There is probably a lack of evidence surrounding the impact of WASH in Schools interventions on health and learning outcomes. But wouldn't it be a waste of resource to carry out more impact evaluations (which are very difficult to scientifically design and implement at significant scale, and which results are not easy to interprete), when funds are rare and actions are urgently needed?

Indeed, I would be happy to see that decision-makers in government and development organisations prioritize investments based upon potential health and educational impacts. But for now I am not 100% sure that this assumption is true.

By the way, the WASH in school initiative in Mali (mostly funded by Dubai Cares and implemented by UNICEF-Mali, Care-Mali, Oxfam UK, WaterAid-Mali and Save the Children USA in more than 800 schools) has a very strong monitoring, evaluation and learning component. Evaluation results will be made available by end of 2013 (for whose who need evidence to make informed decisions and take action!).

Side: We don’t need more evidence
1 point

Adequate provision of WASH in schools had a number of positive effects already as proved in schools and contributed to reduced burden of disease among school children, staff and their families. Such intervention also provided opportunities for greater gender equity in access to education, and created educational opportunities to promote safe environments at home as well as in communities and this can be the most evidence for a successful project in wash in schools, therefore, I don’t think that we need more evidence for WASH in schools more than increment of school children enrollment and reduction of water born diseases.

Side: We don’t need more evidence
1 point

In the discussion so far it has become clear that more scientific evidence is needed on impacts of WASH in schools action on the ground in the developing world. As Annemarie Mooymans’ earlier stated : “...consequently those working in WASH in Schools should stop making claims on impacts that cannot yet be proven (particularly related to girls attendance and drop-out) and focus on what can be proven (increased knowledge on hygiene, reduced WASH-related diseases).”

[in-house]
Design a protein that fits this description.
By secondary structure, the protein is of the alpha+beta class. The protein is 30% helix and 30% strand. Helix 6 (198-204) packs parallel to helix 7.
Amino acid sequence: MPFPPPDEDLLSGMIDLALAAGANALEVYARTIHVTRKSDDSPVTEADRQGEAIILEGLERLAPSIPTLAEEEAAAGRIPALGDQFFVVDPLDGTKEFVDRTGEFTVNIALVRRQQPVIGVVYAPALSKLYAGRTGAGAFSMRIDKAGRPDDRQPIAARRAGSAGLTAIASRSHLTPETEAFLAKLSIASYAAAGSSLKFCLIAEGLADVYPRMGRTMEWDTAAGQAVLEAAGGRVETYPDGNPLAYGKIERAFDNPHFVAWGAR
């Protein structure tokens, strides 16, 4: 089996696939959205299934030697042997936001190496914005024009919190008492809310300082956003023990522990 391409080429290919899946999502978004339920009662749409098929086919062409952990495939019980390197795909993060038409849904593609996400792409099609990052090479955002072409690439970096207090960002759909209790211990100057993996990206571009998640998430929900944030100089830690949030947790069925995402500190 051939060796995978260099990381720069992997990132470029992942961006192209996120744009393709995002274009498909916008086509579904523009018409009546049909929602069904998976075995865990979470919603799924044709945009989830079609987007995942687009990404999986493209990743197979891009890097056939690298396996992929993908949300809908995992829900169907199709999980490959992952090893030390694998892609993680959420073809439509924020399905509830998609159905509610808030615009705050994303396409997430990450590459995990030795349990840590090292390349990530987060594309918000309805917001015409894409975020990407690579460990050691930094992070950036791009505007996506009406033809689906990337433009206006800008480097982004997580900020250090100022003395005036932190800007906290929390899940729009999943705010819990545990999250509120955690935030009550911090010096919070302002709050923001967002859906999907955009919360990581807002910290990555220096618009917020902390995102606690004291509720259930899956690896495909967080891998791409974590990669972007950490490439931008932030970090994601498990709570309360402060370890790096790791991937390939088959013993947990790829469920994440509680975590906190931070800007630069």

Everyone should read the powerful March 2011 systematic review of the evidence by the London School of Hygiene & Tropical Medicine and Institute of Education that was shared by Dan Campbell in the first debate. http://www.dfid.gov.uk/R4D/PDF/Outputs/SystematicReviews/Birdthistle_Separate_toilets_for_girls_20110331.pdf

The primary aim of this systematic review was to identify and synthesize existing evidence of the impact of separate toilets for girls on their enrolment and attendance in schools. The authors conclude: “We did not identify any studies that were designed specifically to assess the impact of separate-sex toilets. And to date, no trial has been registered to assess the impact of separate-sex toilets (Cochrane Central Register of Controlled Trials; and the Campbell Library), suggesting that no evaluations are currently underway”.

They also systematically researched five studies in which separate toilets for girls were included as part of a broader WASH intervention supported by UNICEF and designed to evaluate local adaptations of UNICEF’s School Sanitation & Hygiene Education (SSHE) support. Based on the review of these studies, and follow-up correspondence with their authors, the London School of Hygiene & Tropical Medicine and Institute of Education conclude that, existing studies cannot answer their key review questions.

Dick de Jong

Side: UNICEF
1 point

A lot of the work we do in WASH in school require empirical evidence to influence sector stakeholders particularly policy makers. They require concerete evidence, case studies and testiminies from the children.

More evidence is required to reinforce the educational policy and WASH in school policy. Concentration in the past have been on health findings of WASH in school, now we need more of the social evidence. We need more evidence on school attendance, enrolment.........it influence policy makers.

Side: We do need more evidence